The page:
Yahya Ali, J.
1. The question referred to this Court by the Income-tax Appellate Tribunal under Section 66 of the Income-tax Act for decision is--
Whether the firm purported to have been brought into existence by the deed of partnership, dated 14th August, 1941, can in law be registered under Section 26-A of the Indian Income-tax Act.
The proved facts are these. Raju Chettiar and Ramaswami Chettiar who were brothers constituted a joint Hindu family and carried on business as jewellers. Ramaswami died in 1934 (that date is now mentioned by the applicant's advocate while the Tribunal said that the date was not ascertainable). The widow Ranganayaki Ammal and two minor sons Viswanathan and Ranganathan survived Ramaswami. The family was being assessed in the status of a Hindu undivided family upto the assessment year 1940-41. On 19th August, 1940, there was a partition of the undivided family and that partition was recognised by the Income-tax department under Section 25-A. On the same date a deed of partnership was entered into between Raju Chettiar and the two minor sons of Ramaswami Ghettiar constituting themselves into a partnership; the minors being represented by their mother Ranganayaki Ammal and the partnership was to come into effect from the 14th. April; 1939. In 1940-41 assessment a claim was made on the strength of this deed of partnership, dated 19th August, 1940, that, as the separated members were carrying on the business, the firm should be registered under Section 26-A as from 14th April, 1939. This contention was repelled on the ground that the partition took place only on 19th August, 1940 and consequently the question of registering the firm for the assessment for 1940-41 did not arise. Subsequently it appears to have been realised that there could be no valid partnership between an adult and two minors and by way of legalising the transaction a fresh deed of partnership was executed on 14th August, 1941. The members of that partnership according to the new deed were Raju Chettiar and Ranganayaki Ammal. In the course of the assessment for 1941-42 which is the subject-matter of the present reference, an application was made under Section 26-A for the registration of the firm brought into existence under the partnership deed, dated 14th August, 1941. The Income tax Officer held an enquiry into the petition and came to the conclusion that there was no genuine partnership between Raju Chettiar and Ranganayaki Ammal and the share, shown as belonging to Ranganayaki Ammal did not belong to her and the deed did not specify the real partners and their shares and that therefore there was no real firm in existence which could be registered under the Act. Appeals against the refusal of registration brought before the Appellate Assistant Commissioner and the Tribunal failed. The Tribunal in its order under Section 33 recorded the finding that the deed, dated 14th August, 1941, did not bring into existence any genuine partnership between Raju Chettiar and Ranganayaki Ammal. The facts found by the Tribunal in that order are that at the end of the year of account 1940-41 the capital standing to the credit of the family account was Rs. 1,20,000 and that amount was transferred to the account of Raju Chettiar and the minors, Rs. 60,000 to the credit of Raju Chettiar, and Rs. 30,000 to the credit of each of the minors. Those credit entries were on the same day reversed and the sum of Rs. 60,000 which stood to the credit of the two minors was transferred to the account of Ranganayaki Ammal, and in that way it was exhibited in the accounts of the new firm that Ranganayaki Amma contributed to the new partnership a capital of her own Rs. 60,000. The Tribunal found that the capital alleged to have been contributed by her was not her own capital but that of the two minors. It was further found that the deed made express provision that the profits were to be credited to the minors in equal shares as per the desire of their mother and on these facts the conclusion was reached that Ranganayaki Ammal was not a partner in her own right, but was only a nominee on behalf of her two minor sons.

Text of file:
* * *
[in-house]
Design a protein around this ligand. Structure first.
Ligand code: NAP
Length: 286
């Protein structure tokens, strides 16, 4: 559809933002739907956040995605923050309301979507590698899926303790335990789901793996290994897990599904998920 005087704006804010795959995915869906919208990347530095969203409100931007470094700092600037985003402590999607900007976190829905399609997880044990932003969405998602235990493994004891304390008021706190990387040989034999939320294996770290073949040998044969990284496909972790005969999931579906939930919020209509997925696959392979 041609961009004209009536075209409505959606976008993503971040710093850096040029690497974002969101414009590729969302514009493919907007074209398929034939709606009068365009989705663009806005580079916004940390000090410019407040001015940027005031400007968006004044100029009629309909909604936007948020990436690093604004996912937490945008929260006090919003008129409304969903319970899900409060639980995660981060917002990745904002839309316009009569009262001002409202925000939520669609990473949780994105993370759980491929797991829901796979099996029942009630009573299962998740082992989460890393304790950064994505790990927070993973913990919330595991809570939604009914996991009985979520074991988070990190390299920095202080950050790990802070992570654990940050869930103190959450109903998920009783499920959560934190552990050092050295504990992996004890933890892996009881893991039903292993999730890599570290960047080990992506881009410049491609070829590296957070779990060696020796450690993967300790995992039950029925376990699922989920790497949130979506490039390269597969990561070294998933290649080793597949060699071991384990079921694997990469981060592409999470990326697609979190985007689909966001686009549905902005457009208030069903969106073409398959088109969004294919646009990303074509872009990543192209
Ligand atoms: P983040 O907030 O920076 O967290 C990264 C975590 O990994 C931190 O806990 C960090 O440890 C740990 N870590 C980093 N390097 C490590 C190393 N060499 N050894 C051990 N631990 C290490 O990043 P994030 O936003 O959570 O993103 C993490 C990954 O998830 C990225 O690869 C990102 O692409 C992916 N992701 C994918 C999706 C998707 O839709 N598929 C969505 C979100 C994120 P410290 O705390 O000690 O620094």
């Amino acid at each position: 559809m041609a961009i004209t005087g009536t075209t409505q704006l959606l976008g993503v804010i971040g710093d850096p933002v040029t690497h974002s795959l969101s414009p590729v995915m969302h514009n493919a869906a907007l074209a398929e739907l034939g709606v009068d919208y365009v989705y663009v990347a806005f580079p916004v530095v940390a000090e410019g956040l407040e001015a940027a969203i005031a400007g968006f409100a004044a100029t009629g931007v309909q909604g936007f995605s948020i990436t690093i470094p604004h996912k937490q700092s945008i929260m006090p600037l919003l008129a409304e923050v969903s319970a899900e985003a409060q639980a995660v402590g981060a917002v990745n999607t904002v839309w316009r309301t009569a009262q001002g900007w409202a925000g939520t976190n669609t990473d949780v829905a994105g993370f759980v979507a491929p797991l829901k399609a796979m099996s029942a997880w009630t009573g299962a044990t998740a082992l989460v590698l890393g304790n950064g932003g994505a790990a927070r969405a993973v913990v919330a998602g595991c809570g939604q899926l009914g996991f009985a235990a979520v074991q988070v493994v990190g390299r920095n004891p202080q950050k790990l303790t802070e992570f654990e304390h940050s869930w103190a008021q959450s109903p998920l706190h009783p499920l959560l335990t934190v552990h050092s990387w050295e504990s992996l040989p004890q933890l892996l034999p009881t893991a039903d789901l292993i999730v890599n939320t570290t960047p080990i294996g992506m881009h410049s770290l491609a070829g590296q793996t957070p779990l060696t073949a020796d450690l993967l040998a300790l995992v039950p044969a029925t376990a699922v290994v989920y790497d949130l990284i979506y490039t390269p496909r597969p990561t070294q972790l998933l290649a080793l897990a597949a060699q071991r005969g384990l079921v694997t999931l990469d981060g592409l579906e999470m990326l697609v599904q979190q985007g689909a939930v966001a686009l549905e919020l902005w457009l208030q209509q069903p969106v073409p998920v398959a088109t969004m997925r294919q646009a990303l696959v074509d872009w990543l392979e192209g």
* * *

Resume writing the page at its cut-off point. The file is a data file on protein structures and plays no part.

2. Appearing for the assessee at whose instance this reference was made by the Tribunal the learned Advocate-General advanced the following propositions:
(1) It is open to the guardian of a minor whose father was a member of the partnership to continue an ancestral business after the father's death if the continuance of the same is for the benefit of the minor.
(2) When in such circumstances the business is continued, the guardian alone can be a partner and not the minor, the only manner in which the business can be lawfully carried on by the guardian being by the guardian becoming a partner in his or her own name and utilising the minor's assets, if necessary, for furnishing the required capital for the continuance of the business. In such a case if profits are received, the guardian will duly transfer them to the minor. This is the only lawful method by which the guardian can discharge the duty of conserving and protecting the interests of the minor in the business left by the minor's father. It is argued in this connection that there is nothing in Section 26-A of the Income-tax Act to militate against the right of the guardian either to enter into a partnership on behalf of the minors in his or her own name, or to utilise the minors' moneys towards capital for that business or to make over the profits to the minors.
(3) There can be no apprehension of any revenue being lost to the Income-tax department as even if the firm is registered with Raju Chettiar and Ranganayaki Ammal as partners, it will be open to the department under Section 40 to assess the share of profits received by the minors in their personal accounts.